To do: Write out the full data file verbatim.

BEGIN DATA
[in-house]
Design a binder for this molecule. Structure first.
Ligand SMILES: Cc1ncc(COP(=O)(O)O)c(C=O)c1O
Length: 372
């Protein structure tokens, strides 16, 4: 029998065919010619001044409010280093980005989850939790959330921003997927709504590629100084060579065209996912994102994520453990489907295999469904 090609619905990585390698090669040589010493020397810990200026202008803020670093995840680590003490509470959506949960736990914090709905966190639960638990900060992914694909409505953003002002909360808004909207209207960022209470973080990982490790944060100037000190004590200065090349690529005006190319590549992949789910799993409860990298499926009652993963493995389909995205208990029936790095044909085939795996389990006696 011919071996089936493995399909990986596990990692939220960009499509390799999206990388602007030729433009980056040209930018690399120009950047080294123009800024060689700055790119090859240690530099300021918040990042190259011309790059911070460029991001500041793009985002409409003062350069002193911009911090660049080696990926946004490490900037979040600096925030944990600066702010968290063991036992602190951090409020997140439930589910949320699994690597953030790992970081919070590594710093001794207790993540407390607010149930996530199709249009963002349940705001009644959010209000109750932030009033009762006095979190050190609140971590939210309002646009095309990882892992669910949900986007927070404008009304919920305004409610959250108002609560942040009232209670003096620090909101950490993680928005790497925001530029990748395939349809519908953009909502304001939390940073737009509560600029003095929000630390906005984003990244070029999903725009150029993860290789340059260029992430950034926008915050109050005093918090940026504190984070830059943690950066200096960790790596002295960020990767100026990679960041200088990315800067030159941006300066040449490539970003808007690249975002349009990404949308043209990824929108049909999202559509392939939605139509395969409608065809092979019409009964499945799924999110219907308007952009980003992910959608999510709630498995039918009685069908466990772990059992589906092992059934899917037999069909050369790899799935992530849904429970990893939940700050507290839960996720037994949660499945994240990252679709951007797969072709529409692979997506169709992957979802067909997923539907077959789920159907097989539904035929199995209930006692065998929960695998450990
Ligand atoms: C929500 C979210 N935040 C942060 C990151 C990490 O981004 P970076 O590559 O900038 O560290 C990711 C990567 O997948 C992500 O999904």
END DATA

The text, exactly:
[in-house]
Design a binder for this molecule. Structure first.
Ligand SMILES: Cc1ncc(COP(=O)(O)O)c(C=O)c1O
Length: 372
């Protein structure tokens, strides 16, 4: 029998065919010619001044409010280093980005989850939790959330921003997927709504590629100084060579065209996912994102994520453990489907295999469904 090609619905990585390698090669040589010493020397810990200026202008803020670093995840680590003490509470959506949960736990914090709905966190639960638990900060992914694909409505953003002002909360808004909207209207960022209470973080990982490790944060100037000190004590200065090349690529005006190319590549992949789910799993409860990298499926009652993963493995389909995205208990029936790095044909085939795996389990006696 011919071996089936493995399909990986596990990692939220960009499509390799999206990388602007030729433009980056040209930018690399120009950047080294123009800024060689700055790119090859240690530099300021918040990042190259011309790059911070460029991001500041793009985002409409003062350069002193911009911090660049080696990926946004490490900037979040600096925030944990600066702010968290063991036992602190951090409020997140439930589910949320699994690597953030790992970081919070590594710093001794207790993540407390607010149930996530199709249009963002349940705001009644959010209000109750932030009033009762006095979190050190609140971590939210309002646009095309990882892992669910949900986007927070404008009304919920305004409610959250108002609560942040009232209670003096620090909101950490993680928005790497925001530029990748395939349809519908953009909502304001939390940073737009509560600029003095929000630390906005984003990244070029999903725009150029993860290789340059260029992430950034926008915050109050005093918090940026504190984070830059943690950066200096960790790596002295960020990767100026990679960041200088990315800067030159941006300066040449490539970003808007690249975002349009990404949308043209990824929108049909999202559509392939939605139509395969409608065809092979019409009964499945799924999110219907308007952009980003992910959608999510709630498995039918009685069908466990772990059992589906092992059934899917037999069909050369790899799935992530849904429970990893939940700050507290839960996720037994949660499945994240990252679709951007797969072709529409692979997506169709992957979802067909997923539907077959789920159907097989539904035929199995209930006692065998929960695998450990
Ligand atoms: C929500 C979210 N935040 C942060 C990151 C990490 O981004 P970076 O590559 O900038 O560290 C990711 C990567 O997948 C992500 O999904």